EXTENT AND CAUSE OF DETERIORATION OF NYLON MOUNTAIN CLIMBING ROPE
ARMY NATICK LABS MA CLOTHING AND ORGANIC MATERIALS LAB
Pagination or Media Count:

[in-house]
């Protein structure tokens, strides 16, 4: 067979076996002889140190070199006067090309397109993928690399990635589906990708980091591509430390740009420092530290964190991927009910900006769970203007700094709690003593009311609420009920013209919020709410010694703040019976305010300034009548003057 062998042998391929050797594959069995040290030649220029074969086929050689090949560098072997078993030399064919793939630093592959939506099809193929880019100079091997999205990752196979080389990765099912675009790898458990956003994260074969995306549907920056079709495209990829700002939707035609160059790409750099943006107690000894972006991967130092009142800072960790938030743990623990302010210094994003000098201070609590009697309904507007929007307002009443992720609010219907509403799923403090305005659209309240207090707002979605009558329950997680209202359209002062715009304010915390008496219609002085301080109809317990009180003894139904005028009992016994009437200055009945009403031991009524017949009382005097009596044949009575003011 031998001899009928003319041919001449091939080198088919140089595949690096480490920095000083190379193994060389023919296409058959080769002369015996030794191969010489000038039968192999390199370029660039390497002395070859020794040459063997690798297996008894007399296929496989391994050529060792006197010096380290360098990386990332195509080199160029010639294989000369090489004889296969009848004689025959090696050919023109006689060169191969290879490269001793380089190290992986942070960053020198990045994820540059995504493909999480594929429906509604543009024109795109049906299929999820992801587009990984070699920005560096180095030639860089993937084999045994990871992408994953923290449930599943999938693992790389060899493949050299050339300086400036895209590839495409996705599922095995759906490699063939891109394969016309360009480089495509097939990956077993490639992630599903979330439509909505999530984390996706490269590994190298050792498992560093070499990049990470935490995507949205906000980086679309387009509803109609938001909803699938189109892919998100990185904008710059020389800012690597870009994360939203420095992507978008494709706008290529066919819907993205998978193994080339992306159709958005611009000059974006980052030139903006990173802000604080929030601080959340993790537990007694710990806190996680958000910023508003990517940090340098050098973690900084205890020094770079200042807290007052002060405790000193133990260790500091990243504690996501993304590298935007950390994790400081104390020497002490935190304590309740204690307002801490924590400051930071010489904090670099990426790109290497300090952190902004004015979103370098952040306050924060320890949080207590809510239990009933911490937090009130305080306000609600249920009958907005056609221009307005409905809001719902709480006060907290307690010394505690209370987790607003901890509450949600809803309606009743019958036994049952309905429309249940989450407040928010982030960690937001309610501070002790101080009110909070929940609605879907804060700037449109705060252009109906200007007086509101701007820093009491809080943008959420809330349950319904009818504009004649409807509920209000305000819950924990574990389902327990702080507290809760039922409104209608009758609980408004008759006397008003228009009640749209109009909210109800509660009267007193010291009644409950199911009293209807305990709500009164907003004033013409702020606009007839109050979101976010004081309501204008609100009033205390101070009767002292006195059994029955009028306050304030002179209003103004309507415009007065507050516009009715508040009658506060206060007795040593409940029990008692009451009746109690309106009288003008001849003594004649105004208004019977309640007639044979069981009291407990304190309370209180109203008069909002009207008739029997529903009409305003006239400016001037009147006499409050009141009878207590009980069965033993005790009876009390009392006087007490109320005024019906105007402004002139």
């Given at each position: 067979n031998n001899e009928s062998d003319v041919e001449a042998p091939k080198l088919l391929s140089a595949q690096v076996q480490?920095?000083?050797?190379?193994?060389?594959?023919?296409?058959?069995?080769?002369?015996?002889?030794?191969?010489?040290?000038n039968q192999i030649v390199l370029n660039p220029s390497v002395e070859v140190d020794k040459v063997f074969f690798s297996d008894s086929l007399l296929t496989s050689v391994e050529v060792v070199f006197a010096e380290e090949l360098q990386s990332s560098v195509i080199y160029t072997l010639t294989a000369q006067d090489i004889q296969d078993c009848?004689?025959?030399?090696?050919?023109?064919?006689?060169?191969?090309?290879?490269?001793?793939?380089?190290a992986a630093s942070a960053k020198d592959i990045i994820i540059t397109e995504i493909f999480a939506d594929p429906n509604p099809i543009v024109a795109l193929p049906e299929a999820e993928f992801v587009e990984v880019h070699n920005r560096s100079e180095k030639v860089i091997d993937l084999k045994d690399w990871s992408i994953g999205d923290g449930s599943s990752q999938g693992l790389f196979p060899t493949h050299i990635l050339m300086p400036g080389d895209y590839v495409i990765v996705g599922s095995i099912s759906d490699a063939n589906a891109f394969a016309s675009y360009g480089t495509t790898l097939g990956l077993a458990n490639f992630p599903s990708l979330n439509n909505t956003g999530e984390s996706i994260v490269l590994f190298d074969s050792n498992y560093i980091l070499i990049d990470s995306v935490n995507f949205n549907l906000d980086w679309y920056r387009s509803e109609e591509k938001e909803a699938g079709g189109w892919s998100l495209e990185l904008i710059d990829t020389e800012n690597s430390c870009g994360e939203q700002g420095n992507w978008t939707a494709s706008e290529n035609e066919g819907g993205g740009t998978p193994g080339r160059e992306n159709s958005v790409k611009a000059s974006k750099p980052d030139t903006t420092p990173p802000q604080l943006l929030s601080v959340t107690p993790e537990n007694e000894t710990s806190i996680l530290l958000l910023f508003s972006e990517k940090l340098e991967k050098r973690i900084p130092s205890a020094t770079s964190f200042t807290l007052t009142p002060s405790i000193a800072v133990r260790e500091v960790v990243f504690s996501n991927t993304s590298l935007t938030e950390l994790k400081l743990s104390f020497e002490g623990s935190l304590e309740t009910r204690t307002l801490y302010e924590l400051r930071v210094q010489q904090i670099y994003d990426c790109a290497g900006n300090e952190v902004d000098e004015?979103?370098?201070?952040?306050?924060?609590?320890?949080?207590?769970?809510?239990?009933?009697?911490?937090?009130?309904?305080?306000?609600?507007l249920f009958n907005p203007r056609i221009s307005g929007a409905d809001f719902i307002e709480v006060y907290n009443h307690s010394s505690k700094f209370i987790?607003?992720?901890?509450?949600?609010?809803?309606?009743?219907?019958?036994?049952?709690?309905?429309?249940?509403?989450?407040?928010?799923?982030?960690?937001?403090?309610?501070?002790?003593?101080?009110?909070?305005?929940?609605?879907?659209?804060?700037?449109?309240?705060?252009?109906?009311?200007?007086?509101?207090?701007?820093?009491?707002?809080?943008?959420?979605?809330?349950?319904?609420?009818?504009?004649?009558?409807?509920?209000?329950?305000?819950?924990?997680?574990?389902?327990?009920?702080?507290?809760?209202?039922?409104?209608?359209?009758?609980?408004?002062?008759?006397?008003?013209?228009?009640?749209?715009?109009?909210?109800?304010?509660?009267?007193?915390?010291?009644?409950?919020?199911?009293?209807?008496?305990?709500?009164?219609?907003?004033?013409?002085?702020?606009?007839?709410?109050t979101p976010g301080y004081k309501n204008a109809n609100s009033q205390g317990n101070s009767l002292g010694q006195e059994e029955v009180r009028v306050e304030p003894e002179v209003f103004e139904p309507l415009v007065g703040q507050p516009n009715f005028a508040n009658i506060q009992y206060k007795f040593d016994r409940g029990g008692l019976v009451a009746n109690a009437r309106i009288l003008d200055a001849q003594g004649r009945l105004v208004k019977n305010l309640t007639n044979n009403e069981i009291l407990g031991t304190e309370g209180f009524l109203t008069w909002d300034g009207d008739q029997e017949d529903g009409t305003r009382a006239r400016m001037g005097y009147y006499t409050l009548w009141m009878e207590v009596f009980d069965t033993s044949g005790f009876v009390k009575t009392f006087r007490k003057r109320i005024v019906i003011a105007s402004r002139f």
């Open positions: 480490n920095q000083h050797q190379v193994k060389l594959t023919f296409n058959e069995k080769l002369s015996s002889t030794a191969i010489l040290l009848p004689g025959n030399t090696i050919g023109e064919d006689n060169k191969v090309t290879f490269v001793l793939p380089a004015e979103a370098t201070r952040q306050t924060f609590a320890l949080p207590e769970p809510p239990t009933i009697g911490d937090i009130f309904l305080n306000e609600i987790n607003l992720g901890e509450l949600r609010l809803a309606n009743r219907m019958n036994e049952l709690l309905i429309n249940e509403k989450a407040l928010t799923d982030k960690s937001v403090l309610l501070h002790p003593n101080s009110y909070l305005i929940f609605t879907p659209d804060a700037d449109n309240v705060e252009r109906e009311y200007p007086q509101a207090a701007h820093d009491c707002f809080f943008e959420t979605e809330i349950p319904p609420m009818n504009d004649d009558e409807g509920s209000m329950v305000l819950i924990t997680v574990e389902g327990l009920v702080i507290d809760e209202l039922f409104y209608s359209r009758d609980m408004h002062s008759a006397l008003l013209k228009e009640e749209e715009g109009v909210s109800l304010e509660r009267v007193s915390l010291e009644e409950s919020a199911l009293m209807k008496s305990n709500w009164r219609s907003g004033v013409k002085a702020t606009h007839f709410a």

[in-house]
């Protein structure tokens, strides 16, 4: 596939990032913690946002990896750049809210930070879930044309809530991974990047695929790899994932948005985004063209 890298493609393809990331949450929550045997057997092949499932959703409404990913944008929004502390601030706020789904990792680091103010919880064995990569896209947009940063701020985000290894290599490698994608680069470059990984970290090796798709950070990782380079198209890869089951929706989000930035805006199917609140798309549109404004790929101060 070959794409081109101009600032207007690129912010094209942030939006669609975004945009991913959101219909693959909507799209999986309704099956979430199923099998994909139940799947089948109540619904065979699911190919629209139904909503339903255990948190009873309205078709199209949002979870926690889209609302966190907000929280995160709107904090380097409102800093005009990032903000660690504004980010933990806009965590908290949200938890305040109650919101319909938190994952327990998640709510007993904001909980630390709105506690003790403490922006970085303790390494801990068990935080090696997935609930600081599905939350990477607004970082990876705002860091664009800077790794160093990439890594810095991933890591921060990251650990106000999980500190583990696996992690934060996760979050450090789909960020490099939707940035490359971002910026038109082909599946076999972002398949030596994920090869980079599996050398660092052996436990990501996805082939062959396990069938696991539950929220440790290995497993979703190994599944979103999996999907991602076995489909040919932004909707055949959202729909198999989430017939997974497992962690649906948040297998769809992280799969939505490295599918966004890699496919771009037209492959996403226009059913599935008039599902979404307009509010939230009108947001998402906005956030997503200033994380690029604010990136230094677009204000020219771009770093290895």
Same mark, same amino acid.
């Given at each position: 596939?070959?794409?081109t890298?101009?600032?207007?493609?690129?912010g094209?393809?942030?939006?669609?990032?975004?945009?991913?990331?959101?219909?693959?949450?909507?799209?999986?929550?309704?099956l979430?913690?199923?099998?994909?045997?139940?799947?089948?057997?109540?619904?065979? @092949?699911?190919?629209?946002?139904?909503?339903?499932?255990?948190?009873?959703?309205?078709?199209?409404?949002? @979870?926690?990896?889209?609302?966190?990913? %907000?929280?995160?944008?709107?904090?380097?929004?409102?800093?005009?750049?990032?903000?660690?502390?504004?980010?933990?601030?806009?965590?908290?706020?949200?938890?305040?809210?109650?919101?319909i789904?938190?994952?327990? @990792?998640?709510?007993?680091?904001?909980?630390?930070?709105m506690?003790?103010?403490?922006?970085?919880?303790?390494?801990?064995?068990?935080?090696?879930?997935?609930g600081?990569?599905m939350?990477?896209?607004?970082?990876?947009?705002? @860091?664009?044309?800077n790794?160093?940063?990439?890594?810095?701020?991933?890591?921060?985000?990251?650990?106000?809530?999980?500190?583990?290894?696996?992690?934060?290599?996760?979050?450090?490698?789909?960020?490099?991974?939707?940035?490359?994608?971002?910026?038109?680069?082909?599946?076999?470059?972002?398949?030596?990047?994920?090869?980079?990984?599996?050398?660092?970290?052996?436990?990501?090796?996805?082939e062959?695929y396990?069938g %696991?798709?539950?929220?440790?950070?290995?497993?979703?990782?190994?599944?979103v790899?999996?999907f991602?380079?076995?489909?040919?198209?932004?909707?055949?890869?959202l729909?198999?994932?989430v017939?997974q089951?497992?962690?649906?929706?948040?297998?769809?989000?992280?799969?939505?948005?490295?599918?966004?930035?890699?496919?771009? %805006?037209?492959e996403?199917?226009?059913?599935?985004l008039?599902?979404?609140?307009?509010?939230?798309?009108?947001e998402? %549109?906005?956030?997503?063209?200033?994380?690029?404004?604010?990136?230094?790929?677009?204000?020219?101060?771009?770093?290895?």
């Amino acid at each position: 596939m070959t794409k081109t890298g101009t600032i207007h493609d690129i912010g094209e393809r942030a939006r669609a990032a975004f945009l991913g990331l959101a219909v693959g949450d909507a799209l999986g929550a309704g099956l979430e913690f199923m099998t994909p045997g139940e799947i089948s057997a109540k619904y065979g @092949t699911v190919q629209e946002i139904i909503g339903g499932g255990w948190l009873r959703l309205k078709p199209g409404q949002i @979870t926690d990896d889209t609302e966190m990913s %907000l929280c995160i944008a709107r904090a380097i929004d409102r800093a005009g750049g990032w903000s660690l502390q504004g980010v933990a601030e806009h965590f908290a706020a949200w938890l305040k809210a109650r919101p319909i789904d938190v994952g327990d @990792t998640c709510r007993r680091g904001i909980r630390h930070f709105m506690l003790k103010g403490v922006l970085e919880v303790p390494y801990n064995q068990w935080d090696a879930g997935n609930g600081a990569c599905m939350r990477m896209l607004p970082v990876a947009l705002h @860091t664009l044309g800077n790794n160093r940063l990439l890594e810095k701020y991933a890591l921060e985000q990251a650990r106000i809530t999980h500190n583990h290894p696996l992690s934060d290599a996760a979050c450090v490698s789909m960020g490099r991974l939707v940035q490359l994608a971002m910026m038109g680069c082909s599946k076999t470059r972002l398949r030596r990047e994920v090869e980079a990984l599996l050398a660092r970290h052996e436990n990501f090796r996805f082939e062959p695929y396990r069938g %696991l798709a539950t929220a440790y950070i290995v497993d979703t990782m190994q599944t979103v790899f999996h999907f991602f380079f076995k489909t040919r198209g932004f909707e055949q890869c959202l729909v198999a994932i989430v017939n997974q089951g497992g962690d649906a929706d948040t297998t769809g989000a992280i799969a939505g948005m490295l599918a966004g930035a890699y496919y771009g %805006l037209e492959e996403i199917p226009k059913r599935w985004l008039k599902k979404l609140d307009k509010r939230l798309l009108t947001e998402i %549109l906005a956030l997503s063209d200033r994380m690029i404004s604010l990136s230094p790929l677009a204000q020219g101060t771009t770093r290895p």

An analysis was made of 20 nylon mountain climbing ropes which had been in use for periods up to 18 years, to discover the extent and cause of deterioration in strength and energy-absorbing ability and changes in hardness and stiffness. It was found that loss in strength and energy-absorbing ability arise primarily from fiber abrasion which occurs at the surface of the rope. The nature of the rope construction is such that surface abrasion affects each of the three strands of the rope and all of the yarns in each strand except the few which constitute the so called inner-core. There is no evidence that sunlight damage occurred to any significant extent in these ropes. The amount of abrasion, and loss of strength were directly related to the amount of use not age, for those ropes that had more quantitative use histories. A Use Index computed from the number of days of use may be used to estimate rope deterioration. The extent of hardening and stiffening of the ropes was found to vary over a wide spectrum, but the causal factors were not determined.